Babies change everything!

There’s nothing like a new baby to shake up a group dynamic — and yes, I say this the day after Christmas.  The interspecies dynamic in “Faces of the African Forest,” six months after the exhibit opened on our Tropics trail, had settled into a cheerful coexistence: red river hogs, colobus monkeys, DeBrazza’s monkeys and rock hyraxes making gradual incursions into each other’s spaces and occasionally mixing it up a bit. The dynamic shifted a couple of weeks ago when the female DeBrazza’s surprised us all by giving birth. (They’re pregnant for five or six months.) Since then, the two monkey species have been rotating on and off exhibit on alternating days to ensure that the colobus monkeys leave the baby alone. So far, Thursday has been “colobus day,” so I haven’t seen Baby DeBrazza in person yet, but I’ve already noticed a couple of effects.

The first effect: Since the birth, the DeBrazzas’ names have become public knowledge — daddy is Otis, mom is Mashama. Here’s Daddy Otis in the foreground, before the birth and species-separation, with a colobus gazing pensively into the distance behind him.

And here’s the DeBrazza’s monkey formerly known as “the baby,” who now also has a known name — Dafu, which is Swahili for “coconut.” She’s about a year and a half old. Her default gender is female, but because our zookeepers avoid any unnecessary manhandling of wildlife, that’s just an educated guess. What’s certain is her playfulness, and how much she loves to pester the exhibit’s hyraxes when they emerge from their hiding places. There’s the birth’s other effect: With the DeBrazza clan off exhibit every other day, the hyraxes have emerged more decisively. On Thursday, I spotted three of the four — including this one, seen gazing down at the slumbering hogs below.

Hyraxes are difficult to explain. At 2-11 pounds apiece, they look like rodents — but they’re not. Their sticky paws and clawlike nails make them agile climbers in their African and Middle East habitats. Although they’re mammals, they have a reptile’s difficulty with thermoregulation and therefore need to sunbathe. When little Dafu was on exhibit every Thursday, she made a favorite diversion of chasing hyraxes and swatting at them. While it took me months to capture the half-decent DeBrazza’s photos above, I had an even harder time getting a hyrax shot. “Faces of Africa” poses a lot of challenges for the amateur photographer with a basic Canon PowerShot: iffy lighting, a large central panel of thick mesh and, on the DeBrazza/hyrax front, creatures obscured by lightning-quick motions and camouflage-friendly coloration. (The DeBrazza’s often duck their heads to hide the telltale orange patch on their foreheads.) But now that I’ve finally got my pictures of these two elusive species, an attempt to catch Baby DeBrazza in my lens can’t be too far in the future.


Canis lupus … or familiaris?

If you want to see two gray wolves not napping on the Minnesota Trail, we’ve hit the uncomfortably cold streak when they’re most active. The female, who’s still a youngster, seems to cover more ground than her venerable would-be mate.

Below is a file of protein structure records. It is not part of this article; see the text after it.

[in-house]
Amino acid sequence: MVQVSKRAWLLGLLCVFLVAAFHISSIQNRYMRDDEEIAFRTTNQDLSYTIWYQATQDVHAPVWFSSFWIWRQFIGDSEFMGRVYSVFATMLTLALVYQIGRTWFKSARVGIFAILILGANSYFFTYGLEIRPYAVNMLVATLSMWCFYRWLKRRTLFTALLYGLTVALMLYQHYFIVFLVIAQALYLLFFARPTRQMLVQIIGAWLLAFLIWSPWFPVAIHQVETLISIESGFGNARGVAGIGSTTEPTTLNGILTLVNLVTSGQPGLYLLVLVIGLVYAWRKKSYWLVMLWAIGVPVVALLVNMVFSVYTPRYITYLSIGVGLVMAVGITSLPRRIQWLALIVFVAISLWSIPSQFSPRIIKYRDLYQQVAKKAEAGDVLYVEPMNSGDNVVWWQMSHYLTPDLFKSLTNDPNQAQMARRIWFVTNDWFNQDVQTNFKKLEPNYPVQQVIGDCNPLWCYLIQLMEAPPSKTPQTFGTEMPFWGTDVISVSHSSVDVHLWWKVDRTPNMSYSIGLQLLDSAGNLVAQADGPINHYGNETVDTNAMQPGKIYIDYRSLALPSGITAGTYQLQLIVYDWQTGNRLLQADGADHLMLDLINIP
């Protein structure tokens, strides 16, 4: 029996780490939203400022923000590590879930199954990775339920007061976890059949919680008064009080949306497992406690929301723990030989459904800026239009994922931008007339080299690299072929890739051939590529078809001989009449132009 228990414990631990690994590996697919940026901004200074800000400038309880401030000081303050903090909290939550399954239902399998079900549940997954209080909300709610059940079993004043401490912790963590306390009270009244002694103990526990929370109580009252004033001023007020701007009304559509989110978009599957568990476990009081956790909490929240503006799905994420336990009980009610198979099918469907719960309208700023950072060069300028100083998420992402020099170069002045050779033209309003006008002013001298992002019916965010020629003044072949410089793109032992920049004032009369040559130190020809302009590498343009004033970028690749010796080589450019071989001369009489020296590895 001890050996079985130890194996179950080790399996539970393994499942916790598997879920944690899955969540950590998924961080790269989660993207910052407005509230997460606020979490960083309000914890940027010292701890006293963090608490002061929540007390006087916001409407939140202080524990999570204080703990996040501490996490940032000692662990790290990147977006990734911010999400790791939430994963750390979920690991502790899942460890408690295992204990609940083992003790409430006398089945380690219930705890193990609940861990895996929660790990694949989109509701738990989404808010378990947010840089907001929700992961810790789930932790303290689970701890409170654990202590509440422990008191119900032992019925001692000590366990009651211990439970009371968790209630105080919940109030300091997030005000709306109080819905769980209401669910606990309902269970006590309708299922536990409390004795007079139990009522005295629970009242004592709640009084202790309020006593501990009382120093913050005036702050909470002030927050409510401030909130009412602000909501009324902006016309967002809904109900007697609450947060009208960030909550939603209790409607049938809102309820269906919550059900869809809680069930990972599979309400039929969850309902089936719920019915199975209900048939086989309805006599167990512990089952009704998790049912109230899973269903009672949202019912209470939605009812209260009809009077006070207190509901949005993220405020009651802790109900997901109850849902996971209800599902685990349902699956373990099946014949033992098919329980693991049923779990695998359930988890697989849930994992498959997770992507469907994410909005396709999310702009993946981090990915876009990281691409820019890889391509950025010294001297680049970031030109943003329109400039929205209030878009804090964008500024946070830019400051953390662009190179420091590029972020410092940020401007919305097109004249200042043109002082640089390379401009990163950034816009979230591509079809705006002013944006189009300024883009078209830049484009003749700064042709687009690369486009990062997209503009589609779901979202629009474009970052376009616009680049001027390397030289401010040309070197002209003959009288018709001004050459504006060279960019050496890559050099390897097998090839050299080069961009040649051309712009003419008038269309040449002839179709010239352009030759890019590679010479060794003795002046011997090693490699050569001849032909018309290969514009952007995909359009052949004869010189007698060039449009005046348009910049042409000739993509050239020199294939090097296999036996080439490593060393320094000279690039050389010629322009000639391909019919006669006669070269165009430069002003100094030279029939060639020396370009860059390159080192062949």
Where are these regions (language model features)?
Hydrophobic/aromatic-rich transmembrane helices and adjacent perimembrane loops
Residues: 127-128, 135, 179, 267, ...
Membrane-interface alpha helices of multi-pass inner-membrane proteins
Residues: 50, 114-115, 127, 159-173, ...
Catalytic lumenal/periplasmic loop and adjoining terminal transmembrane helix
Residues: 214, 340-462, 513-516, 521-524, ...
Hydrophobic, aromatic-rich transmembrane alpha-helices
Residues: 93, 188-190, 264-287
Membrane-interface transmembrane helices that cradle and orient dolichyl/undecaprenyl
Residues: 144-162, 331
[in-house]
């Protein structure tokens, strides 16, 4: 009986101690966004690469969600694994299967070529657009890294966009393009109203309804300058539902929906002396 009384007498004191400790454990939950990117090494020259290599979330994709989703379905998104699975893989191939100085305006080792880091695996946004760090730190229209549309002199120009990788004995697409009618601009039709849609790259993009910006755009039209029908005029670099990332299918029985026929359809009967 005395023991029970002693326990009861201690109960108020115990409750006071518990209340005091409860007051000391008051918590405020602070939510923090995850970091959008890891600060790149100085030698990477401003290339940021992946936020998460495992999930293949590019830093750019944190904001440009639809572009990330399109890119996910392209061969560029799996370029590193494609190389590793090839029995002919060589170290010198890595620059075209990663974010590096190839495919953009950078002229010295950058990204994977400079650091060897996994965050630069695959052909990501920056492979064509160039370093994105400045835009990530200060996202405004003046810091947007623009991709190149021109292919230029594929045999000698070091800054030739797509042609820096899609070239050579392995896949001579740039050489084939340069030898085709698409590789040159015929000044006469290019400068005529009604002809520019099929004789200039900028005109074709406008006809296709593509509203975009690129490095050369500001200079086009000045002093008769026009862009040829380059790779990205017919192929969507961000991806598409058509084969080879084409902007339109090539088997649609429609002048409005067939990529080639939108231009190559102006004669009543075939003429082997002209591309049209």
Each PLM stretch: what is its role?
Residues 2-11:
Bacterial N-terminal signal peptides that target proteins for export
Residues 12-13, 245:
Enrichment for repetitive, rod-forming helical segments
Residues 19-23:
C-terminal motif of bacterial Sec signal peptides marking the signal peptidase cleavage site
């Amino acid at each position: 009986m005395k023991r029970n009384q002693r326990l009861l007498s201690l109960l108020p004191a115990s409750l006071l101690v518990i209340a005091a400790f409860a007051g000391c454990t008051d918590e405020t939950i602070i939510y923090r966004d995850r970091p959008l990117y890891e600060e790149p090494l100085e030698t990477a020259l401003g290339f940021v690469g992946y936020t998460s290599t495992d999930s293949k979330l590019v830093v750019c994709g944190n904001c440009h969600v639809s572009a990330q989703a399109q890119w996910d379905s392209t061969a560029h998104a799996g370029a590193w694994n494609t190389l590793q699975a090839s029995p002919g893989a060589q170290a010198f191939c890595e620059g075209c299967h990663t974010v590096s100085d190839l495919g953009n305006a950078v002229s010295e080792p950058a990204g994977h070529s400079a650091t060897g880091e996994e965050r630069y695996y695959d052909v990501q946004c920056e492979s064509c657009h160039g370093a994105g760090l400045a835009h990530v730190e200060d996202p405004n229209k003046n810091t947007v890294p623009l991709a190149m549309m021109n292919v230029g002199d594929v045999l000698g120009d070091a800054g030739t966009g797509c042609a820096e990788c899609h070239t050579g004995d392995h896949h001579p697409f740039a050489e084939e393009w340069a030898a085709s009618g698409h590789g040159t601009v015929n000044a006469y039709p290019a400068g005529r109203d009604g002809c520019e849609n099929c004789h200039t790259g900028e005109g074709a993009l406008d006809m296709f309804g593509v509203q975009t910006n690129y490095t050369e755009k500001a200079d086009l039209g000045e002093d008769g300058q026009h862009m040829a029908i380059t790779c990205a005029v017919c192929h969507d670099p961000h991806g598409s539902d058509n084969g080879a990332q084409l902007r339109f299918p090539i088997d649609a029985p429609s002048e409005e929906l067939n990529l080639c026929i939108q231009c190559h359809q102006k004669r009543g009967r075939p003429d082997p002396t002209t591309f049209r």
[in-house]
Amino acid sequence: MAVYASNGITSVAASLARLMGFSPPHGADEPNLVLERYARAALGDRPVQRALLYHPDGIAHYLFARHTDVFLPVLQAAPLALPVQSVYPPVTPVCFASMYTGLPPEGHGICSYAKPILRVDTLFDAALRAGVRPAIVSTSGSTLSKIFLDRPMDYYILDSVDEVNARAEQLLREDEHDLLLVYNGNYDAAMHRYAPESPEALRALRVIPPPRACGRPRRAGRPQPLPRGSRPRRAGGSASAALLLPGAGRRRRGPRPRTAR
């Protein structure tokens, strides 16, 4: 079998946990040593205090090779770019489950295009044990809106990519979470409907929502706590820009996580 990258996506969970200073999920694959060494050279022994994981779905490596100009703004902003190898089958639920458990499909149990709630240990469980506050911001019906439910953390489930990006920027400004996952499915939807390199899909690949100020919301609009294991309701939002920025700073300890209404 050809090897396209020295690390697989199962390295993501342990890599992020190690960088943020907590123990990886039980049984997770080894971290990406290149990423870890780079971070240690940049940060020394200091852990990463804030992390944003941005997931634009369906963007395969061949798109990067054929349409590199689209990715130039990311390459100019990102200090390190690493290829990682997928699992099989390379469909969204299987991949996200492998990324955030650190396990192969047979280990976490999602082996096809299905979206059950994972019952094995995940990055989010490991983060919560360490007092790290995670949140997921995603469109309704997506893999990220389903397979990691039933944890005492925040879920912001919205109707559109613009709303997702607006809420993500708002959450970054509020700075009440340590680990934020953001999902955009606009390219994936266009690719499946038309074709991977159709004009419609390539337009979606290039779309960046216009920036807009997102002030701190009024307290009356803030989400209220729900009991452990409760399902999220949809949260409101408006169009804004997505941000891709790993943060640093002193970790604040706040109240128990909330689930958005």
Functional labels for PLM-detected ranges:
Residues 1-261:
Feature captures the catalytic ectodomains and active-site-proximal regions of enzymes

To my zoo-gazing eye, only our Amur leopards outrank this silver-hued she-wolf in elegant beauty. I catch my breath a bit each time I see her in motion. Last week, however, my awe downshifted into amused affection when she started behaving exactly like my ultra-domesticated Belgian shepherd dog.

She found the perfect place beneath a tree.

She pointed her muzzle into a dirty patch of snow and gnawed the ground, loosening and spreading something that just had to smell bad.

She lowered one shoulder into her favored spot and rubbed it around, exactly the way my pooch Lena does when she finds a trace of something rodent-related in our back yard.

Then she flung herself down on her back and writhed in ecstasy, scratching and perfuming herself.

Any zoo volunteer, including this one, will warn you against confusing wild animals with tame pets. But the wolf/dog connection is undeniable.

Avian spectacle

As a winter of construction work envelops the zoo, our daily bird shows have no amphitheater: the fancy new one still in progress, the old one giving way to next summer’s penguin exhibit. In the interim, handheld “bird encounters” in Discovery Bay replace the free-flight theater shows, and I observed one yesterday from my assigned station at the dolphin window. The trainers began with a Harris hawk and moved on to a barn owl. When this unfamiliar fellow came out — an owl with the eyes of a spectacled bear — I had to cross the room for a closer look. Logically enough, he turned out to be a spectacled owl.

These are tropical rainforest owls found in Central and northern South America. Their bird-call is a knocking or tapping sound — or, for females, a shriek that reportedly sounds like a steam whistle. Websites say spectacled owls are unsociable, and delightful bird-trainer Rebecca — seen here taking questions after the encounter — says they’re still rather unusual in zoos. I always expect to see something I’ve never seen before in each shift at the zoo, but usually that’s just a new animal behavior. This time, it was a completely new animal.